Shortly after the announcement of Energica’s withdrawal as the exclusive supplier of electric motorcycles for the MotoE racing series after the 2022 season, the successor has been decided: Ducati will be the sole manufacturer from 2023 to 2026.
MotoE will continue to be held in World Cup status, not as a World Championship, as Dorna Sports, the commercial rights holder of the MotoGP World Championship, has announced. Ducati CEO Claudio Domenicali nevertheless spoke of a “historic moment” for the Borgo Panigale, Bologna-based company. “Ducati is always focused towards the future and every time it enters a new world it does so aiming to create the best-performing product possible,” Domenicali said. “This agreement comes at the right time for Ducati, which has been studying electric powertrains for years, as it will allow us to develop within a controlled field: that of competition.”
Ducati had launched electric-powered folding bikes and pedal scooters in 2020 under the name Ducati Urban e-Mobility. Back in 2019, Domenicali had confirmed that Ducati was developing an electric-powered road bike. So now it will be an electric race bike first. There are no technical data on this yet – the model is to be developed and tested in 2022.
Incidentally, the head of the Audi subsidiary stated that the development goal was to make the motorbike as light as possible for the MotoE. Industry observers see this as a clear jab at the previous sole supplier, Energica. Their motorbikes were criticised for their high weight and short range – in some cases the races only lasted five to seven laps. “Lightweight machines have always been part of Ducati’s DNA, and thanks to the technology and chemistry of the batteries, which are developing rapidly, we are sure we can achieve excellent results,” says Domenicali.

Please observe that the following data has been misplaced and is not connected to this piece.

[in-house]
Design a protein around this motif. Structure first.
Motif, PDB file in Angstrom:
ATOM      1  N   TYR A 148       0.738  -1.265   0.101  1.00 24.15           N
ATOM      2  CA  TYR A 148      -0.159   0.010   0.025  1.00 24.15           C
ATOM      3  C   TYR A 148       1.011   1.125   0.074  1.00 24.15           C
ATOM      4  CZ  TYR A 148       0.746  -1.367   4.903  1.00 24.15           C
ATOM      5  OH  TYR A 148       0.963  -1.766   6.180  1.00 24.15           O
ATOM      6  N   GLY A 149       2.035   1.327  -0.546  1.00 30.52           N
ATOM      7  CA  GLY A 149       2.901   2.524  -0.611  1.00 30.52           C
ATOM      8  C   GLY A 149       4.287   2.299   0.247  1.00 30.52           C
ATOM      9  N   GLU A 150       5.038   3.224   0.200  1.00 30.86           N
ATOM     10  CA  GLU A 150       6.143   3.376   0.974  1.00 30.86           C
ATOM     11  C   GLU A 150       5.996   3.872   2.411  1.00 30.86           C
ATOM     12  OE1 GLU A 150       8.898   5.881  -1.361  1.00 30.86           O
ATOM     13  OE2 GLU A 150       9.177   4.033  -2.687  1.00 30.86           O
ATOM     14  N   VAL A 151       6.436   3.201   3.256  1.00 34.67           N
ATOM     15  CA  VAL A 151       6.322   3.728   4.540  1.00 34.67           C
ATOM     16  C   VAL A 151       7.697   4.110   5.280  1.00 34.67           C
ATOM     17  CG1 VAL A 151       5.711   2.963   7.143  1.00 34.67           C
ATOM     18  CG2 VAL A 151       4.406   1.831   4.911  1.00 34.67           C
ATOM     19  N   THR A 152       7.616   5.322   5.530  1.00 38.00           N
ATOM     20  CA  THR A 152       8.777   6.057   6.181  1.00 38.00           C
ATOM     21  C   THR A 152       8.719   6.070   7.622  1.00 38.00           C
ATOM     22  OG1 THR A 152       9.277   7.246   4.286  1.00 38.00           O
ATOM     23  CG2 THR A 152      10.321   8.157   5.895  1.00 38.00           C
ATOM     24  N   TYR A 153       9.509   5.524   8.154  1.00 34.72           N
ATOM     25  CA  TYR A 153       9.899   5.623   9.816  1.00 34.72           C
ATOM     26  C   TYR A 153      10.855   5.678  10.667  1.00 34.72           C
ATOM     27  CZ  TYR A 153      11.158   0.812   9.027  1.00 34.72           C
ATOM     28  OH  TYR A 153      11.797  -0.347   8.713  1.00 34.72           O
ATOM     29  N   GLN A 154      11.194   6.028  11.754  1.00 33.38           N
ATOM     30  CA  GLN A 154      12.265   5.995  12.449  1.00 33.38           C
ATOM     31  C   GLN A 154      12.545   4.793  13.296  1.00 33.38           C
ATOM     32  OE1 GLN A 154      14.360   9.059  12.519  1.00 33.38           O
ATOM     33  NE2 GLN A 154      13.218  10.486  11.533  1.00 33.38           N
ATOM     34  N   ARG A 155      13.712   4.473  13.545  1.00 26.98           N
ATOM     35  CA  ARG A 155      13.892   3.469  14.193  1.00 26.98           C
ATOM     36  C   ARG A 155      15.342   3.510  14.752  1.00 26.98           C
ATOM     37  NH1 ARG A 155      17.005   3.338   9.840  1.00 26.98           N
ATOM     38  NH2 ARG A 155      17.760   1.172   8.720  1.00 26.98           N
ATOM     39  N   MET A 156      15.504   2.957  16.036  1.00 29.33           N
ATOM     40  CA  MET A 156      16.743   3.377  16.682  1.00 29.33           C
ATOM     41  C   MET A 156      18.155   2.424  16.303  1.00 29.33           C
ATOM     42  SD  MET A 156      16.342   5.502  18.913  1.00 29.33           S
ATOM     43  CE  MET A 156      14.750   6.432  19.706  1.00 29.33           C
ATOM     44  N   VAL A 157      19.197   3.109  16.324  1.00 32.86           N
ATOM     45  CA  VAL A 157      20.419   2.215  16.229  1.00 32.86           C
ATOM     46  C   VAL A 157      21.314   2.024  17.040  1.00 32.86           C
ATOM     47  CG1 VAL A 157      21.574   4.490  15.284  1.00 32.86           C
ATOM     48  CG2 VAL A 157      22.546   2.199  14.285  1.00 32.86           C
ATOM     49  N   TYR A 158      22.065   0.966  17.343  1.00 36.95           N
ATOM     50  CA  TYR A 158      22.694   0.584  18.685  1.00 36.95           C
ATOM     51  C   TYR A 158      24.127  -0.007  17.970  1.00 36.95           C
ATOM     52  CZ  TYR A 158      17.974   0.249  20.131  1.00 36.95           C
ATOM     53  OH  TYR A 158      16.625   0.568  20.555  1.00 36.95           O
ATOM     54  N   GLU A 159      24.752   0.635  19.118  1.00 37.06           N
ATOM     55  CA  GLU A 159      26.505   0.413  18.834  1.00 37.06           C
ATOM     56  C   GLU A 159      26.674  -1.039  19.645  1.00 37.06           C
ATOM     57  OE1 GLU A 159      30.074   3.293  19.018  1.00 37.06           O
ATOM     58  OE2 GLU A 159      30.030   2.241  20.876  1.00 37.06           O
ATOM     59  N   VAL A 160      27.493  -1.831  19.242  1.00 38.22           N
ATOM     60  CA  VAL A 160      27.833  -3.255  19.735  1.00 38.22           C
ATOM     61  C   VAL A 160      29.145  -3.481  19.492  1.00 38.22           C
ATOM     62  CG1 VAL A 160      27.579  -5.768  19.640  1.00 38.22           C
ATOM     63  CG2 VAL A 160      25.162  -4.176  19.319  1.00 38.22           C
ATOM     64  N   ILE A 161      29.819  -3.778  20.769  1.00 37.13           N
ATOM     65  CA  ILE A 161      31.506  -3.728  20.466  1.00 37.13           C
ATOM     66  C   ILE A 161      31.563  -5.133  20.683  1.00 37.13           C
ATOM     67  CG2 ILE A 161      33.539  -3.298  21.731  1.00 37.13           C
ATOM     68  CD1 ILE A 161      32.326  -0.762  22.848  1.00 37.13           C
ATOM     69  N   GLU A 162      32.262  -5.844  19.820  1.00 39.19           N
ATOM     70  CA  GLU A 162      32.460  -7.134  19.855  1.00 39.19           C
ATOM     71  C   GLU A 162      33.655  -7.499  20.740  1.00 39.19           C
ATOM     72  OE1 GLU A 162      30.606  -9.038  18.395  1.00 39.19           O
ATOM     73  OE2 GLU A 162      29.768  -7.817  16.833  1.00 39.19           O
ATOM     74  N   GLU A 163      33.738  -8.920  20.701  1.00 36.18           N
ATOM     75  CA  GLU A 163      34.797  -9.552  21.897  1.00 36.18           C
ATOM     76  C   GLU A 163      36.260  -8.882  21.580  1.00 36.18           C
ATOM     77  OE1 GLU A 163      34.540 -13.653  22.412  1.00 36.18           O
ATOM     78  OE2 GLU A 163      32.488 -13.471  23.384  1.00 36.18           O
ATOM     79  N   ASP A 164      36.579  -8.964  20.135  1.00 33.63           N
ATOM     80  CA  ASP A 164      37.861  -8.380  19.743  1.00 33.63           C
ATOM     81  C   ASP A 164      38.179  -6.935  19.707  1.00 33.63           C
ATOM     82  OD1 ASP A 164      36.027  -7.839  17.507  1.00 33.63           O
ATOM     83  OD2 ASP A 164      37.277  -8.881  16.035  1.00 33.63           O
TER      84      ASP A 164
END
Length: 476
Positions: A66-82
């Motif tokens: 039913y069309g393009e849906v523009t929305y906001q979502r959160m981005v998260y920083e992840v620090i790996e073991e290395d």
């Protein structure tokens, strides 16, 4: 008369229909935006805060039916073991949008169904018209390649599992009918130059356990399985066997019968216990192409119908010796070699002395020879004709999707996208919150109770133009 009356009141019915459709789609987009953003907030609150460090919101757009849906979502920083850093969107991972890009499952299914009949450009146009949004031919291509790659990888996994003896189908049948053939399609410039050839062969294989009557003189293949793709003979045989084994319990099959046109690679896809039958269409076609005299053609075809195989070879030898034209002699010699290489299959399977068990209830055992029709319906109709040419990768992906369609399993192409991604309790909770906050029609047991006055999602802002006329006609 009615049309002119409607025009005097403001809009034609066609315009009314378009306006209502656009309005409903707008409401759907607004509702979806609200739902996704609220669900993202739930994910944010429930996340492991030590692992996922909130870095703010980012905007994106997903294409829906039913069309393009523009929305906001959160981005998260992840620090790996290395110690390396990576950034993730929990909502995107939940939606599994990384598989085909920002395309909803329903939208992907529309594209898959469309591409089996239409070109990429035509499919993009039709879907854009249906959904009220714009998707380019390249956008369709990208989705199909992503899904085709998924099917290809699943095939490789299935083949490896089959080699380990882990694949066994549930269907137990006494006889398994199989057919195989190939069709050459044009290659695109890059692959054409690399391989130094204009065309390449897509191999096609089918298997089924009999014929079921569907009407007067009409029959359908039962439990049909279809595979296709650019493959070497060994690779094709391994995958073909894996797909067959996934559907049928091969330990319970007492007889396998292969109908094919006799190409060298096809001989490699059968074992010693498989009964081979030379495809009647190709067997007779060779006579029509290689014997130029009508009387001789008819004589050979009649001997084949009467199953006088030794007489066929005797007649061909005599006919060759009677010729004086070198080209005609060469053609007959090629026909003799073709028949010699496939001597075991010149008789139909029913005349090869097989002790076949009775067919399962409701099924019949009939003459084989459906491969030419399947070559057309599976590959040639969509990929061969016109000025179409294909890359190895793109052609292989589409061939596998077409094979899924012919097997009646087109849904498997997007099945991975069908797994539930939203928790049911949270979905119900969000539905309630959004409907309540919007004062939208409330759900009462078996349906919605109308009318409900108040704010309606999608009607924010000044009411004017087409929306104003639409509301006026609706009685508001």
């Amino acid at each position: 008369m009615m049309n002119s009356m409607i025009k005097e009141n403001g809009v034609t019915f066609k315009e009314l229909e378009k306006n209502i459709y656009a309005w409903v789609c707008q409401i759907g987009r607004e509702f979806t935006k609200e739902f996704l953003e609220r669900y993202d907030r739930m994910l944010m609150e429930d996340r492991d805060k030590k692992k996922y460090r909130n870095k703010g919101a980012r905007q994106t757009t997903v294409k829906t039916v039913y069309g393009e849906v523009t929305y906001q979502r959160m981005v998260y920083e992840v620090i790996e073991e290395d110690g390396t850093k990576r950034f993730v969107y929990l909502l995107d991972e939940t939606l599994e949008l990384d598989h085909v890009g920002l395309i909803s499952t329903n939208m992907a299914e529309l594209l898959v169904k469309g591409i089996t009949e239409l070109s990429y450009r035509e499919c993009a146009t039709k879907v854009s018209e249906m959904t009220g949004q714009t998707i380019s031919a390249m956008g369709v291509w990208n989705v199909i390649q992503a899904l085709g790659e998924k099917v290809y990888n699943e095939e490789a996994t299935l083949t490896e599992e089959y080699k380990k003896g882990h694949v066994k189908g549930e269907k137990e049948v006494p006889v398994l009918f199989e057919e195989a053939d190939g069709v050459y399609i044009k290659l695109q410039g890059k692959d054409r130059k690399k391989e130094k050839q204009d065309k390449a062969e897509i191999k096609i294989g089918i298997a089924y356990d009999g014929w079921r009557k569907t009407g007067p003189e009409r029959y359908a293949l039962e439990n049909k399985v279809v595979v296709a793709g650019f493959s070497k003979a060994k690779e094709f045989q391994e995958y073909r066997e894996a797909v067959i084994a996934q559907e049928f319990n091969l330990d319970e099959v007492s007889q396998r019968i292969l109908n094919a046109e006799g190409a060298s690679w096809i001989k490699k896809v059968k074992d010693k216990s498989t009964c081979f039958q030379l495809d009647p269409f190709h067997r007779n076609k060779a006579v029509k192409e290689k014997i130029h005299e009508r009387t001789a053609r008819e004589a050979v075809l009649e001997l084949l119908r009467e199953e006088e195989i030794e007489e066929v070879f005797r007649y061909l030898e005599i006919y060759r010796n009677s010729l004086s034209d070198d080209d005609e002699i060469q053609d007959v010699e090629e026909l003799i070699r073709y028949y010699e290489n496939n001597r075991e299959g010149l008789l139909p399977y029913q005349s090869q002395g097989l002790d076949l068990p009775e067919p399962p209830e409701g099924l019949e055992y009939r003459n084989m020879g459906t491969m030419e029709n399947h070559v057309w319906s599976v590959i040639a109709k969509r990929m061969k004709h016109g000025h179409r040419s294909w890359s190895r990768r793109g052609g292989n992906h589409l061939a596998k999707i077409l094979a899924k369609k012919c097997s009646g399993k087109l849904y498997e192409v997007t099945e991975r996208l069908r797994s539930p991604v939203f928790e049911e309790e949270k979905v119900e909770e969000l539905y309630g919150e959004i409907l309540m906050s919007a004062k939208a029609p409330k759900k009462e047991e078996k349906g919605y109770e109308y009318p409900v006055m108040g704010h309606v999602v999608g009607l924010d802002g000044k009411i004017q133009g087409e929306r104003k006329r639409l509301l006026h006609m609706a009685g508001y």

Ducati will also be able to draw on technologies from the VW Group. The brand is known to belong to Audi, but could presumably also use the technology for high-performance cells that Porsche is developing as part of the Cellforce joint venture.
As Dorna boss Carmelo Ezpeleta indicated at a press conference ahead of the MotoGP race in Misano, Italy, Dorna had been negotiating with several of the manufacturers involved in MotoGP over the past two years about entering MotoE – currently Japanese manufacturers Honda, Suzuki and Yamaha, as well as KTM from Austria and the two Italian factories Aprilia and Ducati. “Their project has convinced us in all areas,” said Ezpeleta.
How long the races with the increased range can become and what lap times are possible with the lighter electric motorcycles is still unclear. However, Dorna Sports wants to stick to the basic concept of MotoE: Ducati will not market the electric motorbikes itself, and only private teams will continue to be active in the MotoE.
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